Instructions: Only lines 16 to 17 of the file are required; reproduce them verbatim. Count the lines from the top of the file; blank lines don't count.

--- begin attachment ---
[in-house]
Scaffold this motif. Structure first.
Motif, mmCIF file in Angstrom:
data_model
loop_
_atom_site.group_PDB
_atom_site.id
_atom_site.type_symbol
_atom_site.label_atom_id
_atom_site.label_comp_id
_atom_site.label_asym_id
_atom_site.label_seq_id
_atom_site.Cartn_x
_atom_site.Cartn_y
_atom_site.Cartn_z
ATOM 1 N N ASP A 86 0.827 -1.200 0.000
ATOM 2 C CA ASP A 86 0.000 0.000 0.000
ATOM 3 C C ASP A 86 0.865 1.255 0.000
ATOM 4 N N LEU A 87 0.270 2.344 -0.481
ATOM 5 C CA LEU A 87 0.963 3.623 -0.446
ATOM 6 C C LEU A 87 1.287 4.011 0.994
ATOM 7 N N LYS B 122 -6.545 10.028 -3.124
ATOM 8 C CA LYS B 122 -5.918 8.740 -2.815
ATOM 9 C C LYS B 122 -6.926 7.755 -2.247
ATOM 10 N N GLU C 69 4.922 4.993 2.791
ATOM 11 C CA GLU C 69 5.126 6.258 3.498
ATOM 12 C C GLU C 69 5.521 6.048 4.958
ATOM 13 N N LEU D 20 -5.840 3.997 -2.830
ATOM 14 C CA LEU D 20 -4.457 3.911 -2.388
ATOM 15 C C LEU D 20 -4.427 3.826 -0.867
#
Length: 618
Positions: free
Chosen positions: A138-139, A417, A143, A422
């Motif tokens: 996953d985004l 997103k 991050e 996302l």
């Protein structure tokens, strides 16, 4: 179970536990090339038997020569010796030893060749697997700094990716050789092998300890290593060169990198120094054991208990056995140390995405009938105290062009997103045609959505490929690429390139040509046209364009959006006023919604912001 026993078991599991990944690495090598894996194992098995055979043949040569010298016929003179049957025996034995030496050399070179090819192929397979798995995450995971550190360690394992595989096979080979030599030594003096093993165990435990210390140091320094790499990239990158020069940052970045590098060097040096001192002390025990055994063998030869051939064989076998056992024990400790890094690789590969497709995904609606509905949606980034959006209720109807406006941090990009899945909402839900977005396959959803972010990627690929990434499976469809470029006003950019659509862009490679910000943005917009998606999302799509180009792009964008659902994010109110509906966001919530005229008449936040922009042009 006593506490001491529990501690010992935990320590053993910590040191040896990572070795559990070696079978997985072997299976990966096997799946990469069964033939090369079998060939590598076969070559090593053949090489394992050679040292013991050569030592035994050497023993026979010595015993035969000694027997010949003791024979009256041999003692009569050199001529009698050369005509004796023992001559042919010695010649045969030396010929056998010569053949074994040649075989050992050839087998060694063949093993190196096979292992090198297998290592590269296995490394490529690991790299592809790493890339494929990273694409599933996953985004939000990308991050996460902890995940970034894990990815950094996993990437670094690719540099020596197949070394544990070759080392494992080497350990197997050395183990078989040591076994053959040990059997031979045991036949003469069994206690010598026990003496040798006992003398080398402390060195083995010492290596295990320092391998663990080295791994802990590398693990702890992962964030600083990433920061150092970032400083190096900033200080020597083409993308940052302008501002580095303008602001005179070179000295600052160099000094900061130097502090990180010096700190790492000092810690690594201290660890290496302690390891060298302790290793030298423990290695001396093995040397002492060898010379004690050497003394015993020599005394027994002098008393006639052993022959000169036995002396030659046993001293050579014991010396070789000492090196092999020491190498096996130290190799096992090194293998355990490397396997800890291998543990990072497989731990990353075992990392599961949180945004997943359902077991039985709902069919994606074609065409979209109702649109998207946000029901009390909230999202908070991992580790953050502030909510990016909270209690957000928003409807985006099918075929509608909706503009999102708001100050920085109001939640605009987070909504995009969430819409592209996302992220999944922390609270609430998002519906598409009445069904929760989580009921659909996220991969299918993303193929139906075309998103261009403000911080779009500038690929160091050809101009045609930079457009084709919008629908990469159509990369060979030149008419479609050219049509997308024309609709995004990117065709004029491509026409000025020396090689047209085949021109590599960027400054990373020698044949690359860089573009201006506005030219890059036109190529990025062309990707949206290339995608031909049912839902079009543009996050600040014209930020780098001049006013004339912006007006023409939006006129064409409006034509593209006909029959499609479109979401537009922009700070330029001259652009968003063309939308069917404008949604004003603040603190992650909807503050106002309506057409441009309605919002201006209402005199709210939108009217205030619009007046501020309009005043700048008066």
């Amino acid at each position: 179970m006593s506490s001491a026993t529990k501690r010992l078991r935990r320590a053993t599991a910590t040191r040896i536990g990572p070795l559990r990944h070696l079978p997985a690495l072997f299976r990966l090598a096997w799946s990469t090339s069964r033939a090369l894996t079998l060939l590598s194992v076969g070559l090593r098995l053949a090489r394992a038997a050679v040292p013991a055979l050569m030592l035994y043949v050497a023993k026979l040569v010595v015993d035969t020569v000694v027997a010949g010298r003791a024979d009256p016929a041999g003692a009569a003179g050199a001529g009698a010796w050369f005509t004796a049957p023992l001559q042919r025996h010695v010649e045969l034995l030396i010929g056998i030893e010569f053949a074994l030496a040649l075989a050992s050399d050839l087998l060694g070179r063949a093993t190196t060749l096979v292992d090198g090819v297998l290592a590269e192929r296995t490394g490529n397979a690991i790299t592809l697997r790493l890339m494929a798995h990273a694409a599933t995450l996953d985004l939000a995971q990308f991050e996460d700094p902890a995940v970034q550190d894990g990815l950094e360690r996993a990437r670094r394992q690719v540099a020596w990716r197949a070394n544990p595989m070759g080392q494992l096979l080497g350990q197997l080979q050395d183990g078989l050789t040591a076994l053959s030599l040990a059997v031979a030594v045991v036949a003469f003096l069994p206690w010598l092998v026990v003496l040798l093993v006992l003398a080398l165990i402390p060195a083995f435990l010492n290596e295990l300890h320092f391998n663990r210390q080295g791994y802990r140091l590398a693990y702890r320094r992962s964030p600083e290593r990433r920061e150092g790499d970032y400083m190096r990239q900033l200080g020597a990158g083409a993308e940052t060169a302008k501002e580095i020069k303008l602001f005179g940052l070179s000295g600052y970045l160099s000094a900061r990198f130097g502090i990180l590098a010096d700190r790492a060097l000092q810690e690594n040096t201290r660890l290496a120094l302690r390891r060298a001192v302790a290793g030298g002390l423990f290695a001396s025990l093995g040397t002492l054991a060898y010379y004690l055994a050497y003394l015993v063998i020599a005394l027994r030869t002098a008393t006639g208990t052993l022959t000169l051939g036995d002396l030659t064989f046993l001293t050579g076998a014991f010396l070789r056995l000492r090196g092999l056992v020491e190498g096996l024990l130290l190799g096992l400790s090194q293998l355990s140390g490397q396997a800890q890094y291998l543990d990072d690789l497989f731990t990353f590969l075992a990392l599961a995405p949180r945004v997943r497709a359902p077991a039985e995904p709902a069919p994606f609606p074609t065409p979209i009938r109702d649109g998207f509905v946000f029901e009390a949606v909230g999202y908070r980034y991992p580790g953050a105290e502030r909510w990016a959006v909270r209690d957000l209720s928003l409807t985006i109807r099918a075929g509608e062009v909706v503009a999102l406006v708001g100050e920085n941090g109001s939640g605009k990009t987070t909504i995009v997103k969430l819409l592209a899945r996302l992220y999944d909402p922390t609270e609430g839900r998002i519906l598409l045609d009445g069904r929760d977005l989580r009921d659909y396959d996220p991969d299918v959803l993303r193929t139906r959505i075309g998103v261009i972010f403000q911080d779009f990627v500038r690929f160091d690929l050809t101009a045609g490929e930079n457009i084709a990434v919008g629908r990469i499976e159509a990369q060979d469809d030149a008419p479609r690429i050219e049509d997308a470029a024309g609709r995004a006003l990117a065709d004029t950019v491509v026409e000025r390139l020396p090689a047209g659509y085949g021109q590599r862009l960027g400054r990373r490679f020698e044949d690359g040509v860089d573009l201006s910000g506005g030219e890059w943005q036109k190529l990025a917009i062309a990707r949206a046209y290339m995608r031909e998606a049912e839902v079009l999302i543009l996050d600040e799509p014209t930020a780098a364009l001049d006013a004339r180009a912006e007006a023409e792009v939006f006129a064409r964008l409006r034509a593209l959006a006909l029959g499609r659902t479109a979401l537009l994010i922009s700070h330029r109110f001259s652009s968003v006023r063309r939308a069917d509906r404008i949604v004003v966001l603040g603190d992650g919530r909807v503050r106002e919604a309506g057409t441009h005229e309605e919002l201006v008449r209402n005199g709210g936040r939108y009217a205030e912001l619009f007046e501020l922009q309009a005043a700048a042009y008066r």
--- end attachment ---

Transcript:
ATOM 1 N N ASP A 86 0.827 -1.200 0.000
ATOM 2 C CA ASP A 86 0.000 0.000 0.000